Recovered patients seeking jobs fear Covid-19 stigma
Employers should assess candidate's suitability on merit and need not know about infection, says Tafep
While spending nearly seven weeks in isolation as a Covid-19 patient, a Filipino maid found herself in a race against time.
Her employer, who was infected with the coronavirus before her, had replaced her with a new foreign domestic worker (FDW).
To make matters worse, he was giving her a May 14 deadline to find a new employer or he would cancel her work permit. After she pleaded with him, he extended the deadline to June 3.
The maid, who requested anonymity, told The New Paper: "I really wanted to stay here. Going home would mean no job and no money."
Normally, her 18 years of domestic work experience would make her a prime catch, but there was one snag - she was among the first batch of 18 Covid-19 patients who were discharged on May 15 while still testing positive.
Though she was deemed no longer infectious, she knew that most employers would be concerned about letting someone like her into their household.
So she decided to keep mum about her Covid-19 status unless a prospective employer brought it up, in which case she would then tell the truth.
"Who would want to hire a Covid-19 patient? If I had told them, there was no way I would be hired," she said.
As it turned out, the subject never came up in her interviews, and she is now happily working for a new employer.
"Yes, I worry they will find out one day. But I can show them my discharge memo, which confirms I am no longer infectious," she added.
Like her, other former patients fear being stigmatised when seeking employment.
The Ministry of Health told TNP that discharged patients are no longer infectious and do not pose a threat of infection to the public.
A spokesman for the Tripartite Alliance for Fair and Progressive Employment Practices (Tafep) said employers do not need information on Covid-19 infection to assess the suitability of a job applicant.
"Employers should use job application forms that ask only for information relevant to assessing an applicant's suitability for the job," he said.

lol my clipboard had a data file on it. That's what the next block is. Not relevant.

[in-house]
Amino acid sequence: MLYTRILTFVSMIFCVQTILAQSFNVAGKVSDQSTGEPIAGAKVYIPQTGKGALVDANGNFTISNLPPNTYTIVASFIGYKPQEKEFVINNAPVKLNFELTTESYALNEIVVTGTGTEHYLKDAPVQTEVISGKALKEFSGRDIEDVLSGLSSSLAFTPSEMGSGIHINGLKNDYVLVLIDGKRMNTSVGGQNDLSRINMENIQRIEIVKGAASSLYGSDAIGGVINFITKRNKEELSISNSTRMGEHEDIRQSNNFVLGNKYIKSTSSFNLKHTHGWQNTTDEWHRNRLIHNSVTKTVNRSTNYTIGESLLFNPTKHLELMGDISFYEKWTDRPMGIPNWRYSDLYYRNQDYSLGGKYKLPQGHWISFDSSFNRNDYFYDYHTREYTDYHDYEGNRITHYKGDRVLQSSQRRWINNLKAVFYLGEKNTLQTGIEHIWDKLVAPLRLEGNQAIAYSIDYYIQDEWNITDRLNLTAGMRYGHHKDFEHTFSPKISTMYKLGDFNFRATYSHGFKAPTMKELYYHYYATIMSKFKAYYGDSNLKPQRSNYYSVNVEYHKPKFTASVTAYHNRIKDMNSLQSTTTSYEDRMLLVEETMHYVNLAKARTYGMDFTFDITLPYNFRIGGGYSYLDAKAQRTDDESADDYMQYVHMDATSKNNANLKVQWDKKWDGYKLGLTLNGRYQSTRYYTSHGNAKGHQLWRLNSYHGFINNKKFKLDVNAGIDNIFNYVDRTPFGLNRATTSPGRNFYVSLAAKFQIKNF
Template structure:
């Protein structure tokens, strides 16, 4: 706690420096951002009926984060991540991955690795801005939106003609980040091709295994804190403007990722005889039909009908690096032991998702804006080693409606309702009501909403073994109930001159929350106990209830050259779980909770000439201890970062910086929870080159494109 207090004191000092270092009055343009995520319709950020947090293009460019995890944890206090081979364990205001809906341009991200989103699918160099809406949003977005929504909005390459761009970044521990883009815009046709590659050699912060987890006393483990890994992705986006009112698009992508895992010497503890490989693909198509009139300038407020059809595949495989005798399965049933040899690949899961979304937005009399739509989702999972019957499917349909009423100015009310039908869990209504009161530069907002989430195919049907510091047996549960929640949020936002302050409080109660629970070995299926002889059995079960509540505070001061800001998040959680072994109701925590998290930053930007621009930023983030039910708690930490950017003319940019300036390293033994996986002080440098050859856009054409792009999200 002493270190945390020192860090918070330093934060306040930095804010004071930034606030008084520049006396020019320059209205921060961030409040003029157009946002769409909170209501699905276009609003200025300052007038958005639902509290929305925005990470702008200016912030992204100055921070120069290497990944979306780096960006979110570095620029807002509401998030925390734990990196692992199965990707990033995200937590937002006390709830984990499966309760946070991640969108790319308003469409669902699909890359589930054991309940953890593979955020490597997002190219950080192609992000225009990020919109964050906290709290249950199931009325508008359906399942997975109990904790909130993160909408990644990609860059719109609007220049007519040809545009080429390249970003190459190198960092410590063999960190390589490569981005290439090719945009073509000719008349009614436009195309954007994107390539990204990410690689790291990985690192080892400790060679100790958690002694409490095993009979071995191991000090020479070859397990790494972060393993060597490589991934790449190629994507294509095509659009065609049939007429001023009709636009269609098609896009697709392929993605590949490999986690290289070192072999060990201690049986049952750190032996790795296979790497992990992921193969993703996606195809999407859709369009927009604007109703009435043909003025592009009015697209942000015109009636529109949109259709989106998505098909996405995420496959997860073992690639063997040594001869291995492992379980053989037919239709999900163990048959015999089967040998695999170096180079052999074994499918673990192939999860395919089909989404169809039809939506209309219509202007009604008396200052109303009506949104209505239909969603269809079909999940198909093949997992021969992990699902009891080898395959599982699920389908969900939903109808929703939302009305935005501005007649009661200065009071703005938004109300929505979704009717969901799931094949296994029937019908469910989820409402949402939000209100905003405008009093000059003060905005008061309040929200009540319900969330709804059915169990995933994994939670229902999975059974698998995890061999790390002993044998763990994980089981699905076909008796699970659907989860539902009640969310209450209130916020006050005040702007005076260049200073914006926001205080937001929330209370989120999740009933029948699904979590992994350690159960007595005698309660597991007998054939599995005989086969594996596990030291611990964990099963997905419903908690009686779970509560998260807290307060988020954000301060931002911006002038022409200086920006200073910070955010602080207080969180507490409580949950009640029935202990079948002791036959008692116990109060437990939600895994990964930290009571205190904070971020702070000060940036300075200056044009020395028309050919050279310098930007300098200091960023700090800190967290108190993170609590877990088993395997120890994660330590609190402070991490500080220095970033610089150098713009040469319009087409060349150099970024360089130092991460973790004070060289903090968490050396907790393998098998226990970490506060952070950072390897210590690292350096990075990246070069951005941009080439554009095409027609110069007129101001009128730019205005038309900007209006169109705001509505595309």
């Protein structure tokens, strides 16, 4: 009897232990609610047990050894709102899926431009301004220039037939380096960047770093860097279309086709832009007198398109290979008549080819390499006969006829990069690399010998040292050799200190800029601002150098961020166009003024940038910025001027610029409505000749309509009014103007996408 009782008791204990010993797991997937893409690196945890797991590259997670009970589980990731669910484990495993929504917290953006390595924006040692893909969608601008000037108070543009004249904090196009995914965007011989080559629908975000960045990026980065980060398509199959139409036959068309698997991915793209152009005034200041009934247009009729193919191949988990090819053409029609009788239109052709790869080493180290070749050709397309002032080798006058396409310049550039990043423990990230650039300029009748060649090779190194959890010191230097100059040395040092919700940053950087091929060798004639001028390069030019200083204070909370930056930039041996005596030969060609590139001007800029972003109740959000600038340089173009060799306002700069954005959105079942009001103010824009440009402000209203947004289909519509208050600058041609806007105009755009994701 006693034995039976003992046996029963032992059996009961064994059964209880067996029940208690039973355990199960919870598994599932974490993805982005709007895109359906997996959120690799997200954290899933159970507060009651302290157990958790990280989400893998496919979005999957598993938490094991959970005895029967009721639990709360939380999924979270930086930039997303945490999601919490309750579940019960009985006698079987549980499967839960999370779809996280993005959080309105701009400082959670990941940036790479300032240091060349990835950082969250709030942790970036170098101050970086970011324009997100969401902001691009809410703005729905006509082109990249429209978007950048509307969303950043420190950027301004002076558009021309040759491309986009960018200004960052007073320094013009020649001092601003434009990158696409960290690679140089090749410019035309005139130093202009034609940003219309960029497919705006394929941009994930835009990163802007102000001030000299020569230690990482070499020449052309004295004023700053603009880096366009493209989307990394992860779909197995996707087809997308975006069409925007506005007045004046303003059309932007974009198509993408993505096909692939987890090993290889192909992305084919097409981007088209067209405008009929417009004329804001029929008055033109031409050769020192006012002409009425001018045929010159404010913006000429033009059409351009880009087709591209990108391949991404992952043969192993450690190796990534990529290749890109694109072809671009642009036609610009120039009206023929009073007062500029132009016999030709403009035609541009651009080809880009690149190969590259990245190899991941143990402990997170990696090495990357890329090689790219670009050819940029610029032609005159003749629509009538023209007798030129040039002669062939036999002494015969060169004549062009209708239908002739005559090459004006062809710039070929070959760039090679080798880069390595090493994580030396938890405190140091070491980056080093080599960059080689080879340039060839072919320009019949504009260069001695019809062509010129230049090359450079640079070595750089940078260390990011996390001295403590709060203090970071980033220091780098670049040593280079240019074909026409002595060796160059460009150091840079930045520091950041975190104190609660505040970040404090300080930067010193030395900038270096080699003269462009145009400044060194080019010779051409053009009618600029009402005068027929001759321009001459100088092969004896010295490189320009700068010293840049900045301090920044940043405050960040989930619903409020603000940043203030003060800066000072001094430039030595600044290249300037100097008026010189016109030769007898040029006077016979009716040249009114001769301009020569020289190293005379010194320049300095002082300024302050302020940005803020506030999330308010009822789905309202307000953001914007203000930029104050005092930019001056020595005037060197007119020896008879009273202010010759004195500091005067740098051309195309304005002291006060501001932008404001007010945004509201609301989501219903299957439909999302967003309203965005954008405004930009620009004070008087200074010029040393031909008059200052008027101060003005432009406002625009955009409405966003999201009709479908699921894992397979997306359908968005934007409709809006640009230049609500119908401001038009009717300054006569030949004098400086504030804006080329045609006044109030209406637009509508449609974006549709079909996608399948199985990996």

Tafep urges all employers to abide by the Tripartite Guidelines on Fair Employment Practices, which emphasise the importance of hiring employees on the basis of merit, he added.
Should an employer be in breach of the guidelines, Tafep will work with the Ministry of Manpower, which will investigate and take appropriate action against the employer.
Another Covid-19 patient, who wanted to be known only as Ms Lim, decided to find a new job while still in hospital.
She told employers about her infection because they would see she was in hospital during the interviews conducted through videoconferencing.
Ms Lim, who is in her 20s, said: "They were actually okay with it. I was worried about how they would react, but they didn't respond negatively and instead asked about how I was feeling."
Ms Lim said she knows of another patient who was afraid to reveal her infection to her company in case it cancels her internship.
ManpowerGroup Singapore country manager Linda Teo said employers must recognise that recovered patients are no longer infectious and should evaluate them fairly, based on their competencies.
She made a distinction between job seekers who had Covid-19 and those with chronic illnesses.
The latter may affect the employee's ability to perform physically demanding duties or require them to take time off work for medical check-ups.
These workers ought to declare their conditions, she said.
The president of the Association of Employment Agencies (Singapore), Ms K. Jayaprema, feels FDWs should declare their Covid-19 infection because, unlike other workers, their workplace is their employer's home.
"Some employers are bound to be worried as the FDW will be part of their household, and that is sensitive, especially for those with young children or elderly parents," she said.
"It does not mean that no one will hire them. Some employers are more accepting and appreciate honesty.
"It is also better for the FDW to be transparent to build a relationship of trust with her employer.
"If they are not forthcoming at the start, it is not healthy for the relationship."
Ms Lim added: "I know there might be some stigma (against discharged patients) and it is upsetting.
"We didn't choose to be infected. People need to know that we have been cleared and we are just like everyone else."